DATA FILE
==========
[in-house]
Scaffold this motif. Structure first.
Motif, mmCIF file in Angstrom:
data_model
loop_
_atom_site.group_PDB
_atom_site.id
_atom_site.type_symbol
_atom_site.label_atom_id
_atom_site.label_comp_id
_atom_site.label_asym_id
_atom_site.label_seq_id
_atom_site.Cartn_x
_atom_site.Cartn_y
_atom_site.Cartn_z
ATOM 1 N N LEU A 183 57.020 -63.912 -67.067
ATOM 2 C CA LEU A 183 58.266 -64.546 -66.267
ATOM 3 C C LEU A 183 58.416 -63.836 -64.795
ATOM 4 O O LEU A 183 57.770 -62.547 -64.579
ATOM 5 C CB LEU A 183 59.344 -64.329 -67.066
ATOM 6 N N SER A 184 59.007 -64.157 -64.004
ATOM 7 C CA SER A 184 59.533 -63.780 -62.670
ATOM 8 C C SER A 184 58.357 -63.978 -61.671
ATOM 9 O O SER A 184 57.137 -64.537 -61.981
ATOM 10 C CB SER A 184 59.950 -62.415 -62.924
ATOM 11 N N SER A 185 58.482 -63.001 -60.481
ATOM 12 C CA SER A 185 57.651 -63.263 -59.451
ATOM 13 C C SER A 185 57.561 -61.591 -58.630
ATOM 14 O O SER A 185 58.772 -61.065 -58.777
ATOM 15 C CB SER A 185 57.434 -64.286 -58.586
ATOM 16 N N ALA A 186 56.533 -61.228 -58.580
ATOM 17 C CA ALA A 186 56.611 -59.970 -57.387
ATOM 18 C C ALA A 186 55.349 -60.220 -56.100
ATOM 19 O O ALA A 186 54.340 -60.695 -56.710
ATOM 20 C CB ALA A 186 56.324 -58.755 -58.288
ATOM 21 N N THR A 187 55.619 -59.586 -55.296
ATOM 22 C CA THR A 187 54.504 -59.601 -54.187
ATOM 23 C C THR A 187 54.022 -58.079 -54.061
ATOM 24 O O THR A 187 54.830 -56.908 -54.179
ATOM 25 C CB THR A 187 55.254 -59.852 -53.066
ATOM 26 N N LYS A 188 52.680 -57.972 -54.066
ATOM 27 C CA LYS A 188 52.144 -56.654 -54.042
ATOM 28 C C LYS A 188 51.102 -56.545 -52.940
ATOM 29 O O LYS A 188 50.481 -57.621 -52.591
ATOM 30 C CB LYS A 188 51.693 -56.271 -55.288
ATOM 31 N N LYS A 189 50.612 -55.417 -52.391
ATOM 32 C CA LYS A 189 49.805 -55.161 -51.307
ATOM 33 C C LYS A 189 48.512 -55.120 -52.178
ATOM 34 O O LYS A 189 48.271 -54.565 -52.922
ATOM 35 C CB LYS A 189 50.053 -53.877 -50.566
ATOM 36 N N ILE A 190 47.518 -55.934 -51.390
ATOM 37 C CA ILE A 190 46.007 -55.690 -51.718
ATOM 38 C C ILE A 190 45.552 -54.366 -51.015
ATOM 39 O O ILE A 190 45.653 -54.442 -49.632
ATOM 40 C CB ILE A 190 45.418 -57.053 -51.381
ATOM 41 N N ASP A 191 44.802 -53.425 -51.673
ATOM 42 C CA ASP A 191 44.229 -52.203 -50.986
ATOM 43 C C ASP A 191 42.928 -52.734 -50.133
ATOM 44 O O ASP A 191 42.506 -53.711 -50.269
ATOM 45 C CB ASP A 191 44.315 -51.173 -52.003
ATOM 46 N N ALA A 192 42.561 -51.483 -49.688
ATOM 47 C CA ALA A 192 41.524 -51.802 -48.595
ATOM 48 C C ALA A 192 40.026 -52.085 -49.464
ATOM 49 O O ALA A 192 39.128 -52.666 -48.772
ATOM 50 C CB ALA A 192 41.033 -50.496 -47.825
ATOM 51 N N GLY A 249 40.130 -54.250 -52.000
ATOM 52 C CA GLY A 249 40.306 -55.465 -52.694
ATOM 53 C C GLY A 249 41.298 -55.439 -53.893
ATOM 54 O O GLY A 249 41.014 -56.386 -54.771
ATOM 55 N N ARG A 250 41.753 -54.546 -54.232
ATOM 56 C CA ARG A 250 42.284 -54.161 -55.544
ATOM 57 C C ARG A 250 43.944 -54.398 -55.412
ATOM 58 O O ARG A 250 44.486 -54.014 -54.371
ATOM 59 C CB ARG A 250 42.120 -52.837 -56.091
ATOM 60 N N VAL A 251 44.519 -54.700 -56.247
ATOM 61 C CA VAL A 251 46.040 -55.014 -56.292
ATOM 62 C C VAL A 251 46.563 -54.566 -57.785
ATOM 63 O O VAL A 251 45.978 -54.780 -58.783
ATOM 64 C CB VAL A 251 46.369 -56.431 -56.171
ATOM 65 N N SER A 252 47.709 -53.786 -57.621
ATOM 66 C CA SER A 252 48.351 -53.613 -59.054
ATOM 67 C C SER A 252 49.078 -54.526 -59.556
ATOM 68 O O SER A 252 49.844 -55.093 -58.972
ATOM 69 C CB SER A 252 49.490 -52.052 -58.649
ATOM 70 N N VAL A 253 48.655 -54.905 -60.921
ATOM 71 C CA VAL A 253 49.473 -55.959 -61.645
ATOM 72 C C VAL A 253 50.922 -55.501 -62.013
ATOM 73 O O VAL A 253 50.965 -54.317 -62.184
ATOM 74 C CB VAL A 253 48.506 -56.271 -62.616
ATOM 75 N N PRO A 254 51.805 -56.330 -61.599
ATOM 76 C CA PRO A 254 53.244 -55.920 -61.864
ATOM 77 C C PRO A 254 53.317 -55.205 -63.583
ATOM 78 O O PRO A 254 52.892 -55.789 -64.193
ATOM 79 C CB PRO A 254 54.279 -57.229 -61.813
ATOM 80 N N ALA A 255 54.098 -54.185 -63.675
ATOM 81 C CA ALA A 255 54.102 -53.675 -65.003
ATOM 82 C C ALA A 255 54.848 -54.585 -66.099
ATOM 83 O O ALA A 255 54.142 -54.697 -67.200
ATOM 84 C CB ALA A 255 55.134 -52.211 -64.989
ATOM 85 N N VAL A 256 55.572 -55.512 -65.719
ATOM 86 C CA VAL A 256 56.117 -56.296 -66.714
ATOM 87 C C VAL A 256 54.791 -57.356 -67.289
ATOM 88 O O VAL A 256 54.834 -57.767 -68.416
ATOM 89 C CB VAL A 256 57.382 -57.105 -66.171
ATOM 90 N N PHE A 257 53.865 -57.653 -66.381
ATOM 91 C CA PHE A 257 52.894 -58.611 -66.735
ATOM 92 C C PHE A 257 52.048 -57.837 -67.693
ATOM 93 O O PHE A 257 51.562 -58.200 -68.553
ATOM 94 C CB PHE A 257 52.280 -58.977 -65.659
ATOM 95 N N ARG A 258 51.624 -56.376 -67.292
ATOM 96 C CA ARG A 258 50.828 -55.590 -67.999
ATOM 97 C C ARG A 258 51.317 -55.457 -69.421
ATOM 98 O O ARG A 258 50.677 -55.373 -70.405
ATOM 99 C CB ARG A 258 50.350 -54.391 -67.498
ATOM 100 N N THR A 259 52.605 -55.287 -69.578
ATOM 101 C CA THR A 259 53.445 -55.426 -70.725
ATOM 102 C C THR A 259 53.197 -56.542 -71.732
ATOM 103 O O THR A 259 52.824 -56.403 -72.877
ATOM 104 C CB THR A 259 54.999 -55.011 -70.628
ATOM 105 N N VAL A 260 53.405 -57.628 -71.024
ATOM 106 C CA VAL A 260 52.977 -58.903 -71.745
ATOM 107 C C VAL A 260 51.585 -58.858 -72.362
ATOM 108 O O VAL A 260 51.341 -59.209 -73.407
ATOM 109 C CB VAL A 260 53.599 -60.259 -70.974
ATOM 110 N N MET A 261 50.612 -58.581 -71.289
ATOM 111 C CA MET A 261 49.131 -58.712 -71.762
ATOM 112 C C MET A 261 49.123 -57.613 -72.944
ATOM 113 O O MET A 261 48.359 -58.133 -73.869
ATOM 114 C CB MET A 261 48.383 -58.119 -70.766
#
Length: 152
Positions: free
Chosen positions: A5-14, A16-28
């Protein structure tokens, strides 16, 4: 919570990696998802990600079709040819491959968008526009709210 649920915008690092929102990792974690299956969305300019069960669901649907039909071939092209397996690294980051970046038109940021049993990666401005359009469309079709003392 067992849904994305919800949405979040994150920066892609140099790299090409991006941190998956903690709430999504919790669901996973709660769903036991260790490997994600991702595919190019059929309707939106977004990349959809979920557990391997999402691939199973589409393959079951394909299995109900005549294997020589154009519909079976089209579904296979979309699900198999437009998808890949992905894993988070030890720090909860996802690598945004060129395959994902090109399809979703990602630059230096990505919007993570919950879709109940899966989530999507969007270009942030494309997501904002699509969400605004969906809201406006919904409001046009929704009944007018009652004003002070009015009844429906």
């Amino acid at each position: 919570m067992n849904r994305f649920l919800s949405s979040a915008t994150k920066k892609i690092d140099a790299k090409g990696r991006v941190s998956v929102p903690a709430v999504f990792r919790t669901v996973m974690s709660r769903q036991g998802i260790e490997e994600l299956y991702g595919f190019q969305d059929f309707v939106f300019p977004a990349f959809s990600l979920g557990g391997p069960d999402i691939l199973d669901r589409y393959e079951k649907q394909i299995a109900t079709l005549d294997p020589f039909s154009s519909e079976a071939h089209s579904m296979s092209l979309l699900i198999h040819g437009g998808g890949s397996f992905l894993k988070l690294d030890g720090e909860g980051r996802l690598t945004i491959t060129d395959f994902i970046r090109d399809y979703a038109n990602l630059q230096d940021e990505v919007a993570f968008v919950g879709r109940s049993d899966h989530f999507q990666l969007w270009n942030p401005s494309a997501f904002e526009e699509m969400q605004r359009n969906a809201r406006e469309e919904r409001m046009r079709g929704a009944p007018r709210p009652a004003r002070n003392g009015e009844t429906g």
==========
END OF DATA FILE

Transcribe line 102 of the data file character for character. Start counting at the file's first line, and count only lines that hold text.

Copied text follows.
ATOM 87 C C VAL A 256 54.791 -57.356 -67.289